Nov 29, 2019
Many people mistakenly believe that acne is a problem for adolescents, not adults. But plenty of adults in their twenties and thirties have acne and the condition can easily recur through middle age. Unlike the more common form of acne—a condition caused by excess sebum during puberty—adult acne additionally affects dry skin and combination skin. Daily care with cosmetics and lifestyle changes will generally prevent or clear up milder cases, but severe cases may require dermatological treatment.
There are two main types of acne spots: those that are inflamed and those that are not. Acne spots without inflammation are called “whiteheads” or “blackheads.” A whitehead forms when a pore clogs with sebum. The sebum solidifies inside the pore, which causes it to narrow and whiten at the tip. Blackheads form when the sebum at the tip of a whitehead oxidizes, hardens, and blackens.
Inflamed acne, on the other hand, takes two forms: “red acne” (papules) and “yellow acne” (pustules). Red acne appears when whiteheads and blackheads become inflamed, whereas yellow acne appears later when the inflammation extends deeper inside the skin.
Daily skincare routines can be an effective prevention method against whiteheads and blackheads. But red acne and yellow acne require more specialized treatments — so applying cosmetics directly on the affected areas should be avoided.
An increase in male hormones causes acne during puberty. These hormones stimulate the generation of excess sebum, which thickens into horny matter on the outer layer of your skin and blocks pores.
Adult acne can also appear on dry skin and develops through a slightly different mechanism: disturbances in skin metabolism that promote the accumulation of old cells. The thickening of the skin’s outer layer results in a narrowing of the pores that promote a smooth discharge of sebum. When shifts in the hormonal balance increase sebum levels, it accumulates to create an environment conducive to acne.
Lifestyle choices can easily disrupt your skin’s metabolism. Make sure to get a full night’s sleep and avoid stress if your skin is prone to acne breakouts. Excess fat and sugar consumption can also increase oil, as both are used by the body to produce sebum. Exercise can prevent or stop acne as sugar and fat burned as fuel have no opportunity to convert to sebum and subcutaneous fat.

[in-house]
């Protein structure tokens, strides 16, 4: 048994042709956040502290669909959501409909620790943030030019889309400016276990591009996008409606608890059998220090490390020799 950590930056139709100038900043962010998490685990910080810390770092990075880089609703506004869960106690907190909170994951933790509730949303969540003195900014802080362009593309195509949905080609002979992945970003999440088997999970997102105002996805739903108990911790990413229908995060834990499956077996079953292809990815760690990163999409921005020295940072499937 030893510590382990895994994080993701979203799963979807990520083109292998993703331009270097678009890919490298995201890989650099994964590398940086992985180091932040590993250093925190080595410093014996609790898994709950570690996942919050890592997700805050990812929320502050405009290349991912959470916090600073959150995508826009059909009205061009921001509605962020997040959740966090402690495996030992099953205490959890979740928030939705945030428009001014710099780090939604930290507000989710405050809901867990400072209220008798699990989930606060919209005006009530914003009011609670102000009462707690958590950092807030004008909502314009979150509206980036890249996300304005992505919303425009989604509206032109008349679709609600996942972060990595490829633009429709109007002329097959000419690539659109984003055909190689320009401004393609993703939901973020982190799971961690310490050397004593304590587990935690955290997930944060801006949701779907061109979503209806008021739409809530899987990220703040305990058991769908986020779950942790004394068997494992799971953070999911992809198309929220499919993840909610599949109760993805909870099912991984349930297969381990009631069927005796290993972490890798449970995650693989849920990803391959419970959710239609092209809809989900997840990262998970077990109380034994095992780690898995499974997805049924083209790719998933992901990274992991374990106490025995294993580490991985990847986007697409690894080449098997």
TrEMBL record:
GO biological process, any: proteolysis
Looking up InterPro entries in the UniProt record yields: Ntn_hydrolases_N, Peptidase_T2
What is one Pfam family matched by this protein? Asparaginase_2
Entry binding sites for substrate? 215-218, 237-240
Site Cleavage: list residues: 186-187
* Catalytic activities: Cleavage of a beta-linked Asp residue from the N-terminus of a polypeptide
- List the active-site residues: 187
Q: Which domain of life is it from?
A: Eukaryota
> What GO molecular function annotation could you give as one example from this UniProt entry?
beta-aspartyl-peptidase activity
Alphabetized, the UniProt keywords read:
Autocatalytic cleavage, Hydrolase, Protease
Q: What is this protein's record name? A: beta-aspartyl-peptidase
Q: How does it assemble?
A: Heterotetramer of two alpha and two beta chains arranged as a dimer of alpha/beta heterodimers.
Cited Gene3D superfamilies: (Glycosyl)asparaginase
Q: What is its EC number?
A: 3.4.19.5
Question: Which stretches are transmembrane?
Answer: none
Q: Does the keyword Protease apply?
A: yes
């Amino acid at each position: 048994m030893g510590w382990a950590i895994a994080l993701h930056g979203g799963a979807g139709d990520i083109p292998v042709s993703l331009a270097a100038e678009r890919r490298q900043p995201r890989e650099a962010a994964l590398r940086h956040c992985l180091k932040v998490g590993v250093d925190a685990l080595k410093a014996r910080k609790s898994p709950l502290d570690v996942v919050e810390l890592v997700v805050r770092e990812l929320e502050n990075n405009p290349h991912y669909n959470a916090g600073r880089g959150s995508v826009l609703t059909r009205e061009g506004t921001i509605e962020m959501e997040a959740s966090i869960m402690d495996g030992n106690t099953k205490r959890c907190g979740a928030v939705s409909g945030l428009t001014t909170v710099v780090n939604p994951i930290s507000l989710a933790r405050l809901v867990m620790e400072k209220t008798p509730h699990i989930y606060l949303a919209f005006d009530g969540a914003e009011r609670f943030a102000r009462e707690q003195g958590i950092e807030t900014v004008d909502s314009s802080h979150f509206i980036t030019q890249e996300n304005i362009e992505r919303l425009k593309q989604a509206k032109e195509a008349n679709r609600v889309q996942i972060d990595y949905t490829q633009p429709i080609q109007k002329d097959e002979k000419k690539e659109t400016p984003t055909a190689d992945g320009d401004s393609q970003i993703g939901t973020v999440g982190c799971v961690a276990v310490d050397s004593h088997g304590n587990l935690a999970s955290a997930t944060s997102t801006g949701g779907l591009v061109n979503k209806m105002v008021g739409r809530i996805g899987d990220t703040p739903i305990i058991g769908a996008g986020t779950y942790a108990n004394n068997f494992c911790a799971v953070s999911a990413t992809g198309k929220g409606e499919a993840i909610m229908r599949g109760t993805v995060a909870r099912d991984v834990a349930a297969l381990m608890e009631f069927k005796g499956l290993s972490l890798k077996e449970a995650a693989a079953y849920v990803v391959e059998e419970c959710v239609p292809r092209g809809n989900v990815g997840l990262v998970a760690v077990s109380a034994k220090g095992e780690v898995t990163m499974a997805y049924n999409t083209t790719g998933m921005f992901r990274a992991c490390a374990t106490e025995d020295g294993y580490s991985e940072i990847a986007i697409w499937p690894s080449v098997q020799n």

Acne is more likely to appear when impurities from makeup clog the pores. The best treatment for this type of acne is double cleansing, a skincare routine that uses cleanser and soap or a face wash to remove oily dirt (sebum or makeup) and aqueous dirt from the skin.
Cosmetics with anti-bacterial ingredients can reduce the spread of bacteria on your skin.
Softening the hard cells on the outer layer of your skin relieves clogged pores and eases the secretion of sebum. A routine of face cleansing and double moisturizing are the best choices to achieve this.
Face cleansing softens tough skin cells by purging the skin of excess sebum and old matter that builds up and toughens throughout your life. Use a softening lotion after a facial cleansing (before double moisturizing) to soften the skin surface and optimize the effects of subsequent skincare products.
A lack of sleep takes a toll on immune resistance, which aggravates acne breakouts. A full night’s rest and a regular, healthy rhythm in your daily life are essential.
Try to avoid fatty foods, sugar, caffeine, and other stimulating drinks or spices. Vitamin B2 regulates the secretion of sebum, while Vitamin C helps beautify the skin by obscuring acne scars and boosting collagen generation. Choose healthy, vitamin-rich foods as much as possible.
You can find Vitamin B2 in foods like liver, seafood, eggs, mushrooms, and milk and dairy products. Vitamin C occurs in peppers, Brussels sprouts, broccoli, kiwi, oranges, strawberries, and other fruits.
An irregular restroom routine can worsen the intestinal environment and make the skin susceptible to boils and acne. Avoid stress and get enough exercise for clearer, healthier skin.